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I'm not an expert in plant physiology. I was wondering if, per square centimeter, leaves are converting more or less energy than photovoltaic systems. Can this be estimated? How?

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In areas where our technology is advanced, you often get us doing better than nature because natural selection only does 'as good as necessary so as not to be outcompeted' whereas our technology can actually do 'as good as practically possible' :) –  Armatus Jun 20 '12 at 20:02
    
Your question could use some clarification. As stated, the premise is wrong because neither leaves nor PV cells produce energy. They can capture or store energy, they can also reflect or absorb and release energy. What pools or fluxes of energy are you interested in comparing? a common comparison is "quantum efficiency", but it is not clear if this is the comparison that you are looking for. –  David Jun 21 '12 at 6:35
    
Does energy used to evaporate water count? Or the energy required to physically transport water from the soil to the air? PV cells don't evaporate or transport water. These are not accounted for in standard measures of quantum efficiency. –  David Jun 21 '12 at 6:58
    
@David. Thanks, fixed the point: of course energy can not be produced/created. My curiosity indulges in the application: could we ever use plants for domestic energy requirements?. It seems photovoltaic are much better, do you agree? –  Gianpaolo R Jun 21 '12 at 13:00
    
I don't think either could meet domestic energy requirements alone, at least not in the near future. Your question could be improved with better definitions; it still says "converting", without saying to what. See, for example, quantum efficiency and quantum yield. –  David Jun 21 '12 at 14:03
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Photovoltaics made from organic sources, like Graphene, (OPVs) have the potential for efficiencies exceeding 24% in a stacked structure. A theoretical max efficiency has not been proposed, but it is expected to be less than silicon. The main benefit of OPVs is the rock-bottom price and the ability to make very tiny panels.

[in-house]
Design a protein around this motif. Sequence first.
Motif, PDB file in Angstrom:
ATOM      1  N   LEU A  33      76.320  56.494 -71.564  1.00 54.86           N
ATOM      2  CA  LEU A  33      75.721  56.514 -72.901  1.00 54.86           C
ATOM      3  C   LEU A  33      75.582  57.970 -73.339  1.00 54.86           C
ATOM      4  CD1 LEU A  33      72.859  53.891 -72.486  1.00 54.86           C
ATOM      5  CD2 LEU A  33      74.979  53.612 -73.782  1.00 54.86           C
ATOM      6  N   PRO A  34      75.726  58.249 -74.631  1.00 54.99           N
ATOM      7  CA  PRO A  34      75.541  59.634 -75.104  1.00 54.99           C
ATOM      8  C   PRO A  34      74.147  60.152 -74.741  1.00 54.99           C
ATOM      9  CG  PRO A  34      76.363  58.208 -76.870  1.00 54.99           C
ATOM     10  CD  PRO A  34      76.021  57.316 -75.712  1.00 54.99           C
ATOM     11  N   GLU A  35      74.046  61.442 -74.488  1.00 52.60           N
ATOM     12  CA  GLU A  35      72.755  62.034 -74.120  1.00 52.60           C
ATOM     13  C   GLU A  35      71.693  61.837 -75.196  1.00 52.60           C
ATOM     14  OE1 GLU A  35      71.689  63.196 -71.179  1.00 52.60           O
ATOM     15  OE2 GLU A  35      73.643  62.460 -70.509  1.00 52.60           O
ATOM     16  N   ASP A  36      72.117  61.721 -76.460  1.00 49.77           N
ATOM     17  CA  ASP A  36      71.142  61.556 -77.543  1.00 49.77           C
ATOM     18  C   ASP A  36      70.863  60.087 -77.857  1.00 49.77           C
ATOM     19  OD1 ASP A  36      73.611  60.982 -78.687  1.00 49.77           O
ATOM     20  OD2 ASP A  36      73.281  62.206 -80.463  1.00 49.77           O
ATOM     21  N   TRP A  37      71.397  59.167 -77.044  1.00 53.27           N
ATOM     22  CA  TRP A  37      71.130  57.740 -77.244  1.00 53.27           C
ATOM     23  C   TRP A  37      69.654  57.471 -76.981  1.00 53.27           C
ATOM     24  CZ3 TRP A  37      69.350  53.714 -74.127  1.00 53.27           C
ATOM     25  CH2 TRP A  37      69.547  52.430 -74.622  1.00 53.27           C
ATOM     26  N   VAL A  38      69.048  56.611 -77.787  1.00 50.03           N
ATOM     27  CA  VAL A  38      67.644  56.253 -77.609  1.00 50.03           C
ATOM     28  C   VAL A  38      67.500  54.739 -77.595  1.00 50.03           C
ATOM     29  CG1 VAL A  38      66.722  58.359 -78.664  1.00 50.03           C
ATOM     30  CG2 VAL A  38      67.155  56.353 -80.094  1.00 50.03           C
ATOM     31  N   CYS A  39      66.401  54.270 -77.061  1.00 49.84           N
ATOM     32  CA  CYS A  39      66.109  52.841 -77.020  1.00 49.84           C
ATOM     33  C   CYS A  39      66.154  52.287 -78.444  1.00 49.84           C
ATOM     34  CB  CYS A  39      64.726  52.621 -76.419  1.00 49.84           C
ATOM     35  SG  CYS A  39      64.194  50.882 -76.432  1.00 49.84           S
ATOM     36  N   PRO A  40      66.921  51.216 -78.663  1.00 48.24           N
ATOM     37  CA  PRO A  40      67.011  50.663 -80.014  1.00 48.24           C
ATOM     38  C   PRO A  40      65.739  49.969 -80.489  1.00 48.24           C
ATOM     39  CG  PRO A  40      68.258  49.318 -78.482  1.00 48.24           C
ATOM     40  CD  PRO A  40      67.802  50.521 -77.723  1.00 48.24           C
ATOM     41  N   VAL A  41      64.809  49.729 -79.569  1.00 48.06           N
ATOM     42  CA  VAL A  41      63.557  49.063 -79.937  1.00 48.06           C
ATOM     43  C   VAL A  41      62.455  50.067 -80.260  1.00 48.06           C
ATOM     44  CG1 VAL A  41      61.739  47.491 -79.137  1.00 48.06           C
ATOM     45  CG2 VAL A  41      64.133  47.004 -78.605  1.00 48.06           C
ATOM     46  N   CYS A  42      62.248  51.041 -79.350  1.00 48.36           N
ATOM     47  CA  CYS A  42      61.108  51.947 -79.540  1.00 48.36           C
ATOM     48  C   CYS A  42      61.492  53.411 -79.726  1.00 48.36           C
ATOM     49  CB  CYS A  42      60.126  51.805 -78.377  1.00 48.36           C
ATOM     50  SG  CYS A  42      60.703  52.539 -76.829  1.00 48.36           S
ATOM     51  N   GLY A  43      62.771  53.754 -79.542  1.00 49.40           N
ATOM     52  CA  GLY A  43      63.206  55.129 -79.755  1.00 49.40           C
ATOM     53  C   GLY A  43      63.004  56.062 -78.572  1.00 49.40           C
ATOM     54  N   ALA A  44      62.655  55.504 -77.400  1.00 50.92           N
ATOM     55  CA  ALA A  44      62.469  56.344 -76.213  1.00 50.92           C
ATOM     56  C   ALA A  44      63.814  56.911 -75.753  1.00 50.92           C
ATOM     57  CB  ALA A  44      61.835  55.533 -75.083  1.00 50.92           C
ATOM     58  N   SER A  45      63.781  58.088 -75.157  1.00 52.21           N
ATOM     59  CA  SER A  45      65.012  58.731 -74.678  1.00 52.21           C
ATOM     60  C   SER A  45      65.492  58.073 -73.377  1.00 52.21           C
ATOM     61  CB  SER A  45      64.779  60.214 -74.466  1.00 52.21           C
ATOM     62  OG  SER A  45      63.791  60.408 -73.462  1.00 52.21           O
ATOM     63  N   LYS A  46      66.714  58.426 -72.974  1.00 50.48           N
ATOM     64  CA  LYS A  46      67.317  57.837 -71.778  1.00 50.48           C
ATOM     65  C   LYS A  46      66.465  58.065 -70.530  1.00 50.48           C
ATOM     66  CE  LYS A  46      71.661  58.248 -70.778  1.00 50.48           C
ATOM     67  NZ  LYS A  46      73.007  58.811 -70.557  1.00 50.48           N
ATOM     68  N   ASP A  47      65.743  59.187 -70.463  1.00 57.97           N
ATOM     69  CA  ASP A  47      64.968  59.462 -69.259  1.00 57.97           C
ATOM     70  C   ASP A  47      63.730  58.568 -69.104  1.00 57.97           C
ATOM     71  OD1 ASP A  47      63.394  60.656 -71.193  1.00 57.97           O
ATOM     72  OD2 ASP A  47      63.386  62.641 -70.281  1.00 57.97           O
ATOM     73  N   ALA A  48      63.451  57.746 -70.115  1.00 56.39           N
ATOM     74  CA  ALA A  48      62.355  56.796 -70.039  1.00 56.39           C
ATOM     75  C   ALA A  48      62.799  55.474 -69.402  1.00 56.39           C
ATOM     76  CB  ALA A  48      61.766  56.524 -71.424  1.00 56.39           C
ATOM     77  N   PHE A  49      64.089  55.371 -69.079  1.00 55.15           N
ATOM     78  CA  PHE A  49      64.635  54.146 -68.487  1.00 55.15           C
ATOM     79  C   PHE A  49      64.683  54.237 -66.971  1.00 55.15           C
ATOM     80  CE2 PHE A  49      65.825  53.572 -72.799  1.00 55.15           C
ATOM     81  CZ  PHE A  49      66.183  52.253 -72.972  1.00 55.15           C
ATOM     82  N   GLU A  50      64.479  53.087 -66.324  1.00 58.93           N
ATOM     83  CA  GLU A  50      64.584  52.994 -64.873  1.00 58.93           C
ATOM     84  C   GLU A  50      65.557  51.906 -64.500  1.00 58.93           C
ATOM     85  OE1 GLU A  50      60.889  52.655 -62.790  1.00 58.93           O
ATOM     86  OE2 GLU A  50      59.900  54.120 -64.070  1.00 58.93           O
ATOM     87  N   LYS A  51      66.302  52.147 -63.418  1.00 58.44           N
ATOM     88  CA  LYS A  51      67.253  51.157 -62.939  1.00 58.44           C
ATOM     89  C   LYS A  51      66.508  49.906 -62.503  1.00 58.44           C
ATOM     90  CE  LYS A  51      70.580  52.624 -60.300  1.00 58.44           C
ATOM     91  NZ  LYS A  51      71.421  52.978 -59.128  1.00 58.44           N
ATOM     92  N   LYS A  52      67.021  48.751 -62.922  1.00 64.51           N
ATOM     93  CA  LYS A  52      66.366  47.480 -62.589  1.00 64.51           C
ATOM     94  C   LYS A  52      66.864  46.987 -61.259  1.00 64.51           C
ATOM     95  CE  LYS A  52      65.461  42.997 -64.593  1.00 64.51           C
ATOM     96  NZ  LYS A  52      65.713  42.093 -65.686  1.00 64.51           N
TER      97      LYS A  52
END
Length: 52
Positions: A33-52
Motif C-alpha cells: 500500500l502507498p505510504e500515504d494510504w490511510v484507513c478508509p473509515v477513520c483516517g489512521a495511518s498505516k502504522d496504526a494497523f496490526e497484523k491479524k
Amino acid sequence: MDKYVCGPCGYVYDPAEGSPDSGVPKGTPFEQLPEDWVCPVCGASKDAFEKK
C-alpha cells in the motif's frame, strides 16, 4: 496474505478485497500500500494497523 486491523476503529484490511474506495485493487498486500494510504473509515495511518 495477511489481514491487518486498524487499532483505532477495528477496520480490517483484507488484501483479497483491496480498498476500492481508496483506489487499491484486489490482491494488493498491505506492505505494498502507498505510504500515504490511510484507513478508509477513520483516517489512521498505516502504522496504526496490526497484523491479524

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According to wikipedia, plants typically convert around 5% of the energy of the sunlight that hit the leaves into energy usable by the plant. Sugarcane seems to be the best, it converts up to 8% of the energy into actual biomass.

The best solar panels on the market, according to the Independent, convert 21% of energy from sunlight into usable electricity. Experimental prototypes do much better, and there are some that get over 40%. Wikipedia has a nice graph of the most efficient solar cell prototypes.

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By the way, the Forbes article is only the best poly-crystalline, not the best PV in general. Poly is typically less efficient than mono. There are mono panels on the market that are better than 16% –  EnergyNumbers Jun 20 '12 at 21:07
    
Good point! Replaced that with another link and a bigger number. –  Noah Snyder Jun 20 '12 at 21:26
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